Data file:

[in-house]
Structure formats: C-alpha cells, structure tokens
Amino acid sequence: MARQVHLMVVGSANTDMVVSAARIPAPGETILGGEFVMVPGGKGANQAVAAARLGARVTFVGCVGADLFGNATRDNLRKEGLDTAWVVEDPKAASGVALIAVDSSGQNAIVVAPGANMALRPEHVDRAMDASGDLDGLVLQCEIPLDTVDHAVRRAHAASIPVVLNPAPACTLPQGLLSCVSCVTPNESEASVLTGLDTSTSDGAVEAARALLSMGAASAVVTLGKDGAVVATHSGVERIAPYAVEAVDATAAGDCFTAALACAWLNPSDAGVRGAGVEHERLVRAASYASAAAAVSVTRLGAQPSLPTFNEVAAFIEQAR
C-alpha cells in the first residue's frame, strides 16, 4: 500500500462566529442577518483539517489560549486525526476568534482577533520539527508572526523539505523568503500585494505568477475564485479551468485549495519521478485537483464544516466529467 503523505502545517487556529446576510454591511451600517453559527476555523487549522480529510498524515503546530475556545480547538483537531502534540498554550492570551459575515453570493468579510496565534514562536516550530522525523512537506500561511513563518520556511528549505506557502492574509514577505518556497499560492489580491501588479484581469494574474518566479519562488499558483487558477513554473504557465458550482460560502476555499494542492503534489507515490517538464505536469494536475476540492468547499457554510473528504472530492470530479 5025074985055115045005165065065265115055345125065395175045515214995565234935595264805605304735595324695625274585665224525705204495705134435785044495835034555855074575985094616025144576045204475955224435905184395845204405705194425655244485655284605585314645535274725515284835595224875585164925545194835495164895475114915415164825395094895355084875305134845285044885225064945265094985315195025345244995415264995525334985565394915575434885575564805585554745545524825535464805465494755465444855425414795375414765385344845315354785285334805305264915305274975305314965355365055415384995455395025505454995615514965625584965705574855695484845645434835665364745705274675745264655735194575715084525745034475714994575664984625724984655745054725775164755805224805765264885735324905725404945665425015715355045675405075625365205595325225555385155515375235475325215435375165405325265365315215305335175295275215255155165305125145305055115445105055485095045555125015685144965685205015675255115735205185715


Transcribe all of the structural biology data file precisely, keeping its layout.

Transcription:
[in-house]
Structure formats: C-alpha cells, structure tokens
Amino acid sequence: MARQVHLMVVGSANTDMVVSAARIPAPGETILGGEFVMVPGGKGANQAVAAARLGARVTFVGCVGADLFGNATRDNLRKEGLDTAWVVEDPKAASGVALIAVDSSGQNAIVVAPGANMALRPEHVDRAMDASGDLDGLVLQCEIPLDTVDHAVRRAHAASIPVVLNPAPACTLPQGLLSCVSCVTPNESEASVLTGLDTSTSDGAVEAARALLSMGAASAVVTLGKDGAVVATHSGVERIAPYAVEAVDATAAGDCFTAALACAWLNPSDAGVRGAGVEHERLVRAASYASAAAAVSVTRLGAQPSLPTFNEVAAFIEQAR
C-alpha cells in the first residue's frame, strides 16, 4: 500500500462566529442577518483539517489560549486525526476568534482577533520539527508572526523539505523568503500585494505568477475564485479551468485549495519521478485537483464544516466529467 503523505502545517487556529446576510454591511451600517453559527476555523487549522480529510498524515503546530475556545480547538483537531502534540498554550492570551459575515453570493468579510496565534514562536516550530522525523512537506500561511513563518520556511528549505506557502492574509514577505518556497499560492489580491501588479484581469494574474518566479519562488499558483487558477513554473504557465458550482460560502476555499494542492503534489507515490517538464505536469494536475476540492468547499457554510473528504472530492470530479 5025074985055115045005165065065265115055345125065395175045515214995565234935595264805605304735595324695625274585665224525705204495705134435785044495835034555855074575985094616025144576045204475955224435905184395845204405705194425655244485655284605585314645535274725515284835595224875585164925545194835495164895475114915415164825395094895355084875305134845285044885225064945265094985315195025345244995415264995525334985565394915575434885575564805585554745545524825535464805465494755465444855425414795375414765385344845315354785285334805305264915305274975305314965355365055415384995455395025505454995615514965625584965705574855695484845645434835665364745705274675745264655735194575715084525745034475714994575664984625724984655745054725775164755805224805765264885735324905725404945665425015715355045675405075625365205595325225555385155515375235475325215435375165405325265365315215305335175295275215255155165305125145305055115445105055485095045555125015685144965685205015675255115735205185715